North American Species Of Skinks
Most species of skinks in North America are in the genus Eumeces. The five-lined skink (Eumeces fasciatus) is widespread in the eastern United States and southern Ontario in open forests, cutovers, and other exposed habitats having an abundance of damp ground debris. This species has a distinctive pattern of five lines running down its back.
The broad-headed skink (E. laticeps) also occurs in the eastern United States. During the breeding season, the males of both of these species develop a bright red head. Other males react aggressively to this color, through ritualized displays, and sometimes by fighting. The females skinks, however, do not have red heads and are not treated this way.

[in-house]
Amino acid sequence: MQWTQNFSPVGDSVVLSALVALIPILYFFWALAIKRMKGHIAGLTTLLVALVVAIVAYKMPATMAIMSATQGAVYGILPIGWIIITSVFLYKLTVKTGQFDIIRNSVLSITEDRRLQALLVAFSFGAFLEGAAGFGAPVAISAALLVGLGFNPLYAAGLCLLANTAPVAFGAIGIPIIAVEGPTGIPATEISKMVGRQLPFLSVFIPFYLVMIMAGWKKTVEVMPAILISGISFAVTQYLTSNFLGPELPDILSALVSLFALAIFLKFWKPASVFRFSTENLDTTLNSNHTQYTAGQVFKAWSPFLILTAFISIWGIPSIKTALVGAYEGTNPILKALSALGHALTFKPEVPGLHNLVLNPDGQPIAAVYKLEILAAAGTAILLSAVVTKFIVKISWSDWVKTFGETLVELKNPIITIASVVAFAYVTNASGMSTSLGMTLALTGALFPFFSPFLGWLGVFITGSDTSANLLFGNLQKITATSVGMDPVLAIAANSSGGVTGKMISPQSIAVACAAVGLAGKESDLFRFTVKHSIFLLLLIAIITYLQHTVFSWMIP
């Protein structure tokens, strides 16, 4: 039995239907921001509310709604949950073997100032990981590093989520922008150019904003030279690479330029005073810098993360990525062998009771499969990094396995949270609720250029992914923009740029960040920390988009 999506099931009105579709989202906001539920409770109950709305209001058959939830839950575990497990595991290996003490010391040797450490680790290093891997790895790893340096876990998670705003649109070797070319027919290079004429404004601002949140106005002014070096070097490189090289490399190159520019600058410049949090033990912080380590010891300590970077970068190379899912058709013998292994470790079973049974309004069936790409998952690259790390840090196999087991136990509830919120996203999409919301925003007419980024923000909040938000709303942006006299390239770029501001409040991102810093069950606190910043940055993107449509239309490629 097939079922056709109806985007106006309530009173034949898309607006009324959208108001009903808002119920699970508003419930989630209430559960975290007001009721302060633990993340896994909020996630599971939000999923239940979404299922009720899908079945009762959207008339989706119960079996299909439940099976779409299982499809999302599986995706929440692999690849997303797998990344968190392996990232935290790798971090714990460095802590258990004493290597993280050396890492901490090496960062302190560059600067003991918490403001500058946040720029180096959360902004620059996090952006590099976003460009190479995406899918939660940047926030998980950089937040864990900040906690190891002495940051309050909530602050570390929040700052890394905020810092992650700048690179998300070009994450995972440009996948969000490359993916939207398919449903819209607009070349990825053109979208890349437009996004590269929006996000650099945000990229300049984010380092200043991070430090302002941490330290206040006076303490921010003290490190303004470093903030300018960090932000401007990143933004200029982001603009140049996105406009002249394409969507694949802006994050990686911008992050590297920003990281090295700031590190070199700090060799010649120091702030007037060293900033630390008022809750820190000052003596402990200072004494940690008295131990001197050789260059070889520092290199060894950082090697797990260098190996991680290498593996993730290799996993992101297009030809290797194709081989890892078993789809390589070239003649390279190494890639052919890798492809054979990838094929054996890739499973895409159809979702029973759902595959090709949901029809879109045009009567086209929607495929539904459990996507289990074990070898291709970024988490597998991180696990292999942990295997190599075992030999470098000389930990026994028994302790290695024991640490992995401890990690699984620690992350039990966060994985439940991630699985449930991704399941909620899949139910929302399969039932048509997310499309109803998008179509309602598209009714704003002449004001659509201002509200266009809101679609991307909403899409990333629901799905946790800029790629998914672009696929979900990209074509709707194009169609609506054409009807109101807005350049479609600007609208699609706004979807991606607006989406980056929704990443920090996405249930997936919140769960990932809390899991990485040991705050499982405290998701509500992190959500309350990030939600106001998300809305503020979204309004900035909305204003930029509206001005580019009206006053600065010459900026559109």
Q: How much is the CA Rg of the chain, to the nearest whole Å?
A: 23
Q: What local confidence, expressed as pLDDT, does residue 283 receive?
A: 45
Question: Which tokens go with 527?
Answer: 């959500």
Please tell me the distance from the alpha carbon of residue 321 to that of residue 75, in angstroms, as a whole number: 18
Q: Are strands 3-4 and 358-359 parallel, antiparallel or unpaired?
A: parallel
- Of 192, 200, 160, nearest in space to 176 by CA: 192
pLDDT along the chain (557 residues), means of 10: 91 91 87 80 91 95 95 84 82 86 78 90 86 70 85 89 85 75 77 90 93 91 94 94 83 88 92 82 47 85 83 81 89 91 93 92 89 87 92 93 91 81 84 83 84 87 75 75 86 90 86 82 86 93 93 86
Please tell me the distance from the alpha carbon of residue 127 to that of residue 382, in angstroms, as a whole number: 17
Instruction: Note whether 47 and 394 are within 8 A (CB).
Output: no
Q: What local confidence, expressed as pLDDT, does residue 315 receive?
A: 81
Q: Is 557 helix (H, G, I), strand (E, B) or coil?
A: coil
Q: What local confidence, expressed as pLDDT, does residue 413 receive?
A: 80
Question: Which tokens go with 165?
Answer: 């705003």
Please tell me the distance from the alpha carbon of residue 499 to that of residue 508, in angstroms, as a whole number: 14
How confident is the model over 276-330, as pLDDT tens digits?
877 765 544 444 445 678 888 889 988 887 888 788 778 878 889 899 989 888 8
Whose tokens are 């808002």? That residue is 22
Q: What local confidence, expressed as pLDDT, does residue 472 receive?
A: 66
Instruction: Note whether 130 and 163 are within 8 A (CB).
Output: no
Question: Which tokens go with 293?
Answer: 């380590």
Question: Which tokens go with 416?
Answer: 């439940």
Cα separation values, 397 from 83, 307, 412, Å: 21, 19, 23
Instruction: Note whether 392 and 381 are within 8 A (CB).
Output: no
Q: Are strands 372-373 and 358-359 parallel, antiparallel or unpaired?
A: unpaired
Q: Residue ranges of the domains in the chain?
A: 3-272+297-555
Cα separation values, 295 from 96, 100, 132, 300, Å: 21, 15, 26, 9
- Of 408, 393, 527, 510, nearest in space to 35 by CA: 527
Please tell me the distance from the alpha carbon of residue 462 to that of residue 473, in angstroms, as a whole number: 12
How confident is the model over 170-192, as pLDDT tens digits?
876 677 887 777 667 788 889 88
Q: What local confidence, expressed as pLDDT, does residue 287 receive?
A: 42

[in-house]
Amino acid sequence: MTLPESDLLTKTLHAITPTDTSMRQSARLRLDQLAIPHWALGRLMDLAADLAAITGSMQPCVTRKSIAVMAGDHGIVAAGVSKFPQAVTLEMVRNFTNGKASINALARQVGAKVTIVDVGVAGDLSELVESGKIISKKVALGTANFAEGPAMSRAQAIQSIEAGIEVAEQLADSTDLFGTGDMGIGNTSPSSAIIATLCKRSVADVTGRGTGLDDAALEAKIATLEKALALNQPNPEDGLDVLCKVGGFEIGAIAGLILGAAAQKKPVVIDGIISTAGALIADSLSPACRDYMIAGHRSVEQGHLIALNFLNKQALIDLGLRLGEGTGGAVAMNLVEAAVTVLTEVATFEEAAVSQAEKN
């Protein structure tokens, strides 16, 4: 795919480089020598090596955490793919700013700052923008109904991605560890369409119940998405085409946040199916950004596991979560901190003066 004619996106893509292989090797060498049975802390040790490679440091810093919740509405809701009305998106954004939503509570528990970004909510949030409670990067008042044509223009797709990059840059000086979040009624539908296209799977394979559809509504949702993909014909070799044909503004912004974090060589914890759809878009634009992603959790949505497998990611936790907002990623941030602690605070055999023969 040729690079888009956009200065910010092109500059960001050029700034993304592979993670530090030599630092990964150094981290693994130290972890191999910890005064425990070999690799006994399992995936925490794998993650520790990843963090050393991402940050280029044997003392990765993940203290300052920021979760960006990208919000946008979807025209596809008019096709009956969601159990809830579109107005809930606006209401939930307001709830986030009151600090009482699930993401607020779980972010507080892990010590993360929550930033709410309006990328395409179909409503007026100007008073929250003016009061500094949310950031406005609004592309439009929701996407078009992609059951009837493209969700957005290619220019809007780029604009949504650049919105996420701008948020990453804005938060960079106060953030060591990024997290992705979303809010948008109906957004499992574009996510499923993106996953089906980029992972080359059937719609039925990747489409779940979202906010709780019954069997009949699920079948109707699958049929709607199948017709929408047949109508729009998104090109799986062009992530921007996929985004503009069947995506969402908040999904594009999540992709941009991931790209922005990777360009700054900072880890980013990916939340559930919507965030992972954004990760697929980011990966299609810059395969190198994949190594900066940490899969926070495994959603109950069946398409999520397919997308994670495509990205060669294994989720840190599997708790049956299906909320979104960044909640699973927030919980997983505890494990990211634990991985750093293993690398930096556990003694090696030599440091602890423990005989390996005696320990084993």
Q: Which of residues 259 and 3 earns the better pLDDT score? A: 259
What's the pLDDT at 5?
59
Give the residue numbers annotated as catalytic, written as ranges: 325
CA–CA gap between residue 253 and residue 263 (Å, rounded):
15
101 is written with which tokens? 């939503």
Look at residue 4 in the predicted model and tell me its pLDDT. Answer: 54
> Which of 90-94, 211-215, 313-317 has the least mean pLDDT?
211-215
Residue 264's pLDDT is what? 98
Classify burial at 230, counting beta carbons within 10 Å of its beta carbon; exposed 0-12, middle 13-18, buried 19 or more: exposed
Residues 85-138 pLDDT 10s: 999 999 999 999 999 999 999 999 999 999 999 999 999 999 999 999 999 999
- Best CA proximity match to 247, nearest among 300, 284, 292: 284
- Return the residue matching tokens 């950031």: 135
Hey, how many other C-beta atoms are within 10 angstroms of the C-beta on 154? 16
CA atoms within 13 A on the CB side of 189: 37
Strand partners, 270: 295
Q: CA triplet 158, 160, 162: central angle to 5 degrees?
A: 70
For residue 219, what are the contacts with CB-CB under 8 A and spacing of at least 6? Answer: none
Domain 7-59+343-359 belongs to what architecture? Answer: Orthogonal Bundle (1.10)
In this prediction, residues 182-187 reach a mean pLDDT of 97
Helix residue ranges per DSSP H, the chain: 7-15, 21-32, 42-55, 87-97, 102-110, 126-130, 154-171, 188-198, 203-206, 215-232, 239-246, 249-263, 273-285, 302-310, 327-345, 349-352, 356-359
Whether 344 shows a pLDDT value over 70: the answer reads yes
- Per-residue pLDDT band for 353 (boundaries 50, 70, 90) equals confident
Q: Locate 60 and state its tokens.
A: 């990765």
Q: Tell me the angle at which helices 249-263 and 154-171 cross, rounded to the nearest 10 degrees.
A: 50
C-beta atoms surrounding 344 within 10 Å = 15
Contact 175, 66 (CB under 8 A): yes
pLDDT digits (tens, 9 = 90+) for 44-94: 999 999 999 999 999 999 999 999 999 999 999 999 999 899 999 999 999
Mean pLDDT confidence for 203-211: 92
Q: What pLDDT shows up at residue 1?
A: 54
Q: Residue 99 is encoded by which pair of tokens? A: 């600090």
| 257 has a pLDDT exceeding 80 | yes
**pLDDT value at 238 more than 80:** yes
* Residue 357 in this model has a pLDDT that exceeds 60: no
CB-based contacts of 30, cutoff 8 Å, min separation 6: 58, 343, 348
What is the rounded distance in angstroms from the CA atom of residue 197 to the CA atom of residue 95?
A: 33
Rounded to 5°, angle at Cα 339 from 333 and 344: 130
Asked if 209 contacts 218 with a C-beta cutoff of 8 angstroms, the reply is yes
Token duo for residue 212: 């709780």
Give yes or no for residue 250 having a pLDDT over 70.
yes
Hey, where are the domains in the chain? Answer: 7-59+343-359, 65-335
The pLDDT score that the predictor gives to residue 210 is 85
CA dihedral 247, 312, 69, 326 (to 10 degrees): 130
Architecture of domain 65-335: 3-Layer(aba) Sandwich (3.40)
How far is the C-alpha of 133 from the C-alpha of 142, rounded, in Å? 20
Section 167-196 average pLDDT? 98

The great plains skink (E. obsoletus) occurs in prairies of the west, while the four-lined skink (E. tetragrammus) occurs in Texas and Mexico.
The females of most species of Eumeces skinks brood their eggs and recently hatched young. One female great plains skink was observed curled around her clutch of 19 eggs under loose tree bark. The mother skink cleaned and moistened her eggs by licking them, turned them frequently to facilitate even incubation and proper development, helped the young to hatch when they were ready to do so, and brooded the young and licked them clean. This degree of parental care is unusual among reptiles.
The ground skink (Leiolopisma laterale) occurs throughout the southeastern United States, hiding in plant litter on the forest floor, and sometimes in suburban gardens. The sand skink (Neoseps reynoldsi) is a rare species that only occurs in two isolated areas in Florida.